Orders, Decorations, Medals and Militaria (25 & 26 November 2015)

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Date of Auction: 25th & 26th November 2015

Sold for £280

Estimate: £300 - £350

A Great War R.R.C. pair attributed to Principal Matron M. E. Ray, Territorial Force Nursing Service

Royal Red Cross, 1st Class (R.R.C.), G.V.R., silver-gilt, gold and enamel, the edges of three of the arms neatly engraved, ‘M. E. Ray’, ‘Principal Matron, T.F.N.S.’ and ‘Jan. 1916’; Coronation 1911, privately engraved, ‘M. E. Ray, Principal Matron, T.F.N.S.’, good very fine (2) £300-350


R.R.C. London Gazette 1 January 1916.

The following notice appeared in
The British Journal of Nursing in October 1934:

‘It is proposed to found a Memorial to the late Miss M. E. Ray, R.R.C., formerly Sister-Matron at King’s College Hospital, who died at the Hospital after a sudden and short illness, to the grief of her many friends, and that this Memorial shall take the form of a fund to be devoted towards assisting King’s nurses who are temporarily embarrassed, especially those requiring rest and convalescence after illness, as it is believed that she herself would have wished to be commemorated in this way.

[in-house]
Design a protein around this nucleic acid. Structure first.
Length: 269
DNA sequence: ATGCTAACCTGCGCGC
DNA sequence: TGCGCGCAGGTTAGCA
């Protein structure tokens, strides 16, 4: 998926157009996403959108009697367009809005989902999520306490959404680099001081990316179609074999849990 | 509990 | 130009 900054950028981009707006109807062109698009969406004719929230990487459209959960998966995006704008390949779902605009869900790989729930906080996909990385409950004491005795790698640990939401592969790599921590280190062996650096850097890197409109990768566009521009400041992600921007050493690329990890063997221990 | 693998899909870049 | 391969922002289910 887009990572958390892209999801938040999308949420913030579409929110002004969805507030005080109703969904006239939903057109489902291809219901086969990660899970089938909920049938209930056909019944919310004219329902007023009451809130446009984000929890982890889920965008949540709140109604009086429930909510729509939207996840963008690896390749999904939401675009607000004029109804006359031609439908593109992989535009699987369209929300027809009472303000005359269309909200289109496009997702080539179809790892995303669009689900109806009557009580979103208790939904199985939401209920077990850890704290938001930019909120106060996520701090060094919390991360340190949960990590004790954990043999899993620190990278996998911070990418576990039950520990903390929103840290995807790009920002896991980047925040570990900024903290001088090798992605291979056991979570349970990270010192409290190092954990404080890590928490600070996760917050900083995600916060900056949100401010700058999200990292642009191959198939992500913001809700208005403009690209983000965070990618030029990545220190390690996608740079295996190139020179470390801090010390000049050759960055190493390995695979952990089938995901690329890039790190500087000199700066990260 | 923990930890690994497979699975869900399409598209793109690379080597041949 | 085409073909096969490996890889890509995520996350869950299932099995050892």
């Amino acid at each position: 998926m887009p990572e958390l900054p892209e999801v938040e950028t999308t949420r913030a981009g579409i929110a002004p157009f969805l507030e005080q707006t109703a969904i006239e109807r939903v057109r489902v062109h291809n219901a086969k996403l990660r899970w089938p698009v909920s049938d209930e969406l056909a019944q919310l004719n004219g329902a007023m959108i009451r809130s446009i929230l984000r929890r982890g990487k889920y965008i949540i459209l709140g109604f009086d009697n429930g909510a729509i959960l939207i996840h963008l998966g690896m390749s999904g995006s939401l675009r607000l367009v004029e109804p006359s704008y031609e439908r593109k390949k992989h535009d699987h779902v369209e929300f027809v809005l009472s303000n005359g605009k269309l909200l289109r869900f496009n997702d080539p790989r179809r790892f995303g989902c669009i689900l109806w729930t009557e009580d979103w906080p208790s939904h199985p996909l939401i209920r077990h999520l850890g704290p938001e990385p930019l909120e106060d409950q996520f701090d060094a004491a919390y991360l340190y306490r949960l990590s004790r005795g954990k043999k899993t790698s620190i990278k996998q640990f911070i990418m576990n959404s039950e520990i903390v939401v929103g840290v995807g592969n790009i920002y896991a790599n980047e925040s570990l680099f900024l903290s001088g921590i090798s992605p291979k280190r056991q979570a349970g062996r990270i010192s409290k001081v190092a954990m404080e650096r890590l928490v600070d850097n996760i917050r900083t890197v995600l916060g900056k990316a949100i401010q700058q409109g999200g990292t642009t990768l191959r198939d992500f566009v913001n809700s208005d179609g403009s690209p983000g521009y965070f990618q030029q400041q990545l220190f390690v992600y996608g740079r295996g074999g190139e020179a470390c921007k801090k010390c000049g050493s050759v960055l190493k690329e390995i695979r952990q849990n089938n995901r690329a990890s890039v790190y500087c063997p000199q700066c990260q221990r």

Miss Ray was widely known in the nursing world in this country, as on completion of her training at King’s College Hospital, and after holding the position of Sister there, she became successively Assistant Matron of the Leeds General Infirmary, Matron of the Lincoln County Hospital, and Sister-Matron of King’s College Hospital, before it moved from Lincoln’s Inn Fields to Denmark Hill, occupying this position during the important time of getting out the plans for the new hospital, the transition from the old to the new building, and during the War she was also Principal Matron of the Fourth London General Hospital (Territorial Army) and in recognition of her services was awarded the Royal Red Cross. In 1918, she resigned the position of Sister-Matron at “King’s” and assumed the duties of Hon. Secretary of Lady Minto’s Indian Nursing Association, but always retained her interest in the Hospital.’